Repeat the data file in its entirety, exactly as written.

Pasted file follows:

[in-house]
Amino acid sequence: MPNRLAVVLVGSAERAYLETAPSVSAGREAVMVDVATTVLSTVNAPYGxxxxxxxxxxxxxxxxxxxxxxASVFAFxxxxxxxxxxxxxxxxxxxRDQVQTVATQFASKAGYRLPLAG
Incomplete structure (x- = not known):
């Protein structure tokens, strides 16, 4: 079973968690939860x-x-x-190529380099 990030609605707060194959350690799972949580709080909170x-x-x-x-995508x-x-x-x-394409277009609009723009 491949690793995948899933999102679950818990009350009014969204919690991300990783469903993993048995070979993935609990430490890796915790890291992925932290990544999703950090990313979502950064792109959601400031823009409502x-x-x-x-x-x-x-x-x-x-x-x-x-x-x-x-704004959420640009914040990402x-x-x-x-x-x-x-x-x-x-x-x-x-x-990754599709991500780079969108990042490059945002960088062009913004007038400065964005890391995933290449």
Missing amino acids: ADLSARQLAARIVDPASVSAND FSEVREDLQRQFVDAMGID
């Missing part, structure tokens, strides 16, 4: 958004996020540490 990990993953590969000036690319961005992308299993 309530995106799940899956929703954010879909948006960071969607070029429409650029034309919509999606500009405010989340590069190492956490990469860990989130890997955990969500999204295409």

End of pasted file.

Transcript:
[in-house]
Amino acid sequence: MPNRLAVVLVGSAERAYLETAPSVSAGREAVMVDVATTVLSTVNAPYGxxxxxxxxxxxxxxxxxxxxxxASVFAFxxxxxxxxxxxxxxxxxxxRDQVQTVATQFASKAGYRLPLAG
Incomplete structure (x- = not known):
């Protein structure tokens, strides 16, 4: 079973968690939860x-x-x-190529380099 990030609605707060194959350690799972949580709080909170x-x-x-x-995508x-x-x-x-394409277009609009723009 491949690793995948899933999102679950818990009350009014969204919690991300990783469903993993048995070979993935609990430490890796915790890291992925932290990544999703950090990313979502950064792109959601400031823009409502x-x-x-x-x-x-x-x-x-x-x-x-x-x-x-x-704004959420640009914040990402x-x-x-x-x-x-x-x-x-x-x-x-x-x-990754599709991500780079969108990042490059945002960088062009913004007038400065964005890391995933290449």
Missing amino acids: ADLSARQLAARIVDPASVSAND FSEVREDLQRQFVDAMGID
């Missing part, structure tokens, strides 16, 4: 958004996020540490 990990993953590969000036690319961005992308299993 309530995106799940899956929703954010879909948006960071969607070029429409650029034309919509999606500009405010989340590069190492956490990469860990989130890997955990969500999204295409």